Let The Rubin Law Corporation help you to organize your employment forms and handbooks and provide you with the proper guidance for outlining contractual agreements with your employees.
The general rule in California is that employment is “at-will,” meaning that employees may be terminated for any reason with or without prior notice. The exceptions, however, often swallow the rule. The following are some examples of the myriad exceptions to the “at-will” rule that the employer should be aware of:
Employment contracts may be written or oral, or implied by the conduct of the parties, or some combination of all of these. A contract does not have to be a formal agreement as such. Promises made in e-mails may form a contract, for example.
An employment contract can be implied in fact when the employee has enjoyed a lengthy tenure at a company and the employer has, over the course of many years, made statements or undertaken acts that suggest the employee will only be terminated for cause. Statements such as “You have a future here” combined with raises, promotions or other incentives are examples of an implied contract and have merit in a court of law if an employee is terminated in contrary to these circumstances.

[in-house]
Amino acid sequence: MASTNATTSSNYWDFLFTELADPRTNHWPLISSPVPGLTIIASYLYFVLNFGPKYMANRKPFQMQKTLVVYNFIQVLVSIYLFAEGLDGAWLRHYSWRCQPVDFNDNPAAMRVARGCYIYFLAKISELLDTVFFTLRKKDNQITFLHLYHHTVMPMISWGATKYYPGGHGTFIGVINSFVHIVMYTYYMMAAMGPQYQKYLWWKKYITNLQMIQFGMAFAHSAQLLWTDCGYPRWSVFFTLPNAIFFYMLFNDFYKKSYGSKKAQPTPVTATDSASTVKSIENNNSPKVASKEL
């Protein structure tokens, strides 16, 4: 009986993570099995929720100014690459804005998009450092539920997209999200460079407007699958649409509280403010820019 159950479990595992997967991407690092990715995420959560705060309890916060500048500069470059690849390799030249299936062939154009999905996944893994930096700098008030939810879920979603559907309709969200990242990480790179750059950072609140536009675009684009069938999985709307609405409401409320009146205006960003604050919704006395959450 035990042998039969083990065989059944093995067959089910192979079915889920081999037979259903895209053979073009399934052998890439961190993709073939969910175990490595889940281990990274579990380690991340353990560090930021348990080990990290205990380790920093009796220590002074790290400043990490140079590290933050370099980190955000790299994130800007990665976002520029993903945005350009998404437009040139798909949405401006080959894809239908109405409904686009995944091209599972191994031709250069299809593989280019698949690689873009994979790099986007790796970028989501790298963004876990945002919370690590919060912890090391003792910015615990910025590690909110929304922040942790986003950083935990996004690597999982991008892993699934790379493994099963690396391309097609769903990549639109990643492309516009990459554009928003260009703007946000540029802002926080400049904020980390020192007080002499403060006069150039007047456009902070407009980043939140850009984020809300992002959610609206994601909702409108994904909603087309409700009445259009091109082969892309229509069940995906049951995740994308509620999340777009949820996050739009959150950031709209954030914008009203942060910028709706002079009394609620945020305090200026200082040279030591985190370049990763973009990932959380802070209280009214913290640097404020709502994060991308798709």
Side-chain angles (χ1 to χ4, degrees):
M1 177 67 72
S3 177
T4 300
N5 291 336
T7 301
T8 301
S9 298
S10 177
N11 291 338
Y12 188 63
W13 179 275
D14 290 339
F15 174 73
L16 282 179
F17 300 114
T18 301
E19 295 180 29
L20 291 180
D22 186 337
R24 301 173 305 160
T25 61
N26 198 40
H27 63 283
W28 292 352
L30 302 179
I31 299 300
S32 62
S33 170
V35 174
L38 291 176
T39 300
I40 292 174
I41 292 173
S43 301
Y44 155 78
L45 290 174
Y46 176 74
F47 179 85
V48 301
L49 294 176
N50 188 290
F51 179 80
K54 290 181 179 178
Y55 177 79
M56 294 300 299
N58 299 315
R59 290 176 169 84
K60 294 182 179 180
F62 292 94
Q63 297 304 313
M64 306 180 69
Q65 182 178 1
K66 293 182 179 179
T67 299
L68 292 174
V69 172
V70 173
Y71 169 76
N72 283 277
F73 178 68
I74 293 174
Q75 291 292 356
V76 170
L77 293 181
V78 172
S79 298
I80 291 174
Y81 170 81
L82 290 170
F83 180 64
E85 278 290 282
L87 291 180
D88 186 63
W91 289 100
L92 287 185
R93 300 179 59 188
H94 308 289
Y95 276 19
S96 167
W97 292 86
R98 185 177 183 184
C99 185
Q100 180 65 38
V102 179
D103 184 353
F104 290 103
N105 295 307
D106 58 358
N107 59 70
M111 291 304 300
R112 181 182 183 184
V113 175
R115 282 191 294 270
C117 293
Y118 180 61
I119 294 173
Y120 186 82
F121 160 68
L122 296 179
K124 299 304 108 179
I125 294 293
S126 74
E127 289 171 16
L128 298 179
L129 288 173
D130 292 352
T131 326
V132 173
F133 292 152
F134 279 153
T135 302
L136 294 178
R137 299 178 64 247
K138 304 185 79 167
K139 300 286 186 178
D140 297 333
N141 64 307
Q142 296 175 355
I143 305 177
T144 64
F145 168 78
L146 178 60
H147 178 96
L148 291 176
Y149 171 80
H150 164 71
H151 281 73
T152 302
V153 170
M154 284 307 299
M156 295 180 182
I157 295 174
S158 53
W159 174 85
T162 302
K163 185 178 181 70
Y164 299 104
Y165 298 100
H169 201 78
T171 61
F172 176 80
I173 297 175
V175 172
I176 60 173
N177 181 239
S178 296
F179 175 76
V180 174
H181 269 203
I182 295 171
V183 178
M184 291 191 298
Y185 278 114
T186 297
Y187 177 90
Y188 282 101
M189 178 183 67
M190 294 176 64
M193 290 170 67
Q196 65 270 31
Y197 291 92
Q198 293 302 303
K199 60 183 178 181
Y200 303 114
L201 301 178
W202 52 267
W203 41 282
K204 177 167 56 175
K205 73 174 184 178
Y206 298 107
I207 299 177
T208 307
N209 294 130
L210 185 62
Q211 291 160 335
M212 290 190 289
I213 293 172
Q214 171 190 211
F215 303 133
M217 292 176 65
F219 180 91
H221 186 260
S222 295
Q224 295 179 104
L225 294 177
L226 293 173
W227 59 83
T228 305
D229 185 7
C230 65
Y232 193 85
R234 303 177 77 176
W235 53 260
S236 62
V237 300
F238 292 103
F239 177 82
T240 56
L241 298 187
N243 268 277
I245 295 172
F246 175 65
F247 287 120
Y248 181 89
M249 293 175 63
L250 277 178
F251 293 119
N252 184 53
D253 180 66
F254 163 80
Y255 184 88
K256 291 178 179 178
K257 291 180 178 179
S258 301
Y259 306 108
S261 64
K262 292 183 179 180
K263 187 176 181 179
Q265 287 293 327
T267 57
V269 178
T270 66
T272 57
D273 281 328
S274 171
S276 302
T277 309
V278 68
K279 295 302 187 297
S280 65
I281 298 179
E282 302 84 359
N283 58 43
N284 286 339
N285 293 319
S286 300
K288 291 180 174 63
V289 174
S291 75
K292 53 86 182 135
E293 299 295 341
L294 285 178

Employers can prevent this sort of ambiguity by being clear and ethical in their employee handbooks, offer letters, and other dealings with employees. The Rubin Law Corporation can show you how to prevent costly and damaging misunderstandings.
The following is a brief list of simple things you can do to seriously curb the amount of lawsuits brought on by former staff members:
Contact The Rubin Law Corporation for answers to your specific questions by scheduling an initial consultation. The firm can be reached through e-mail or by calling 310-385-0777.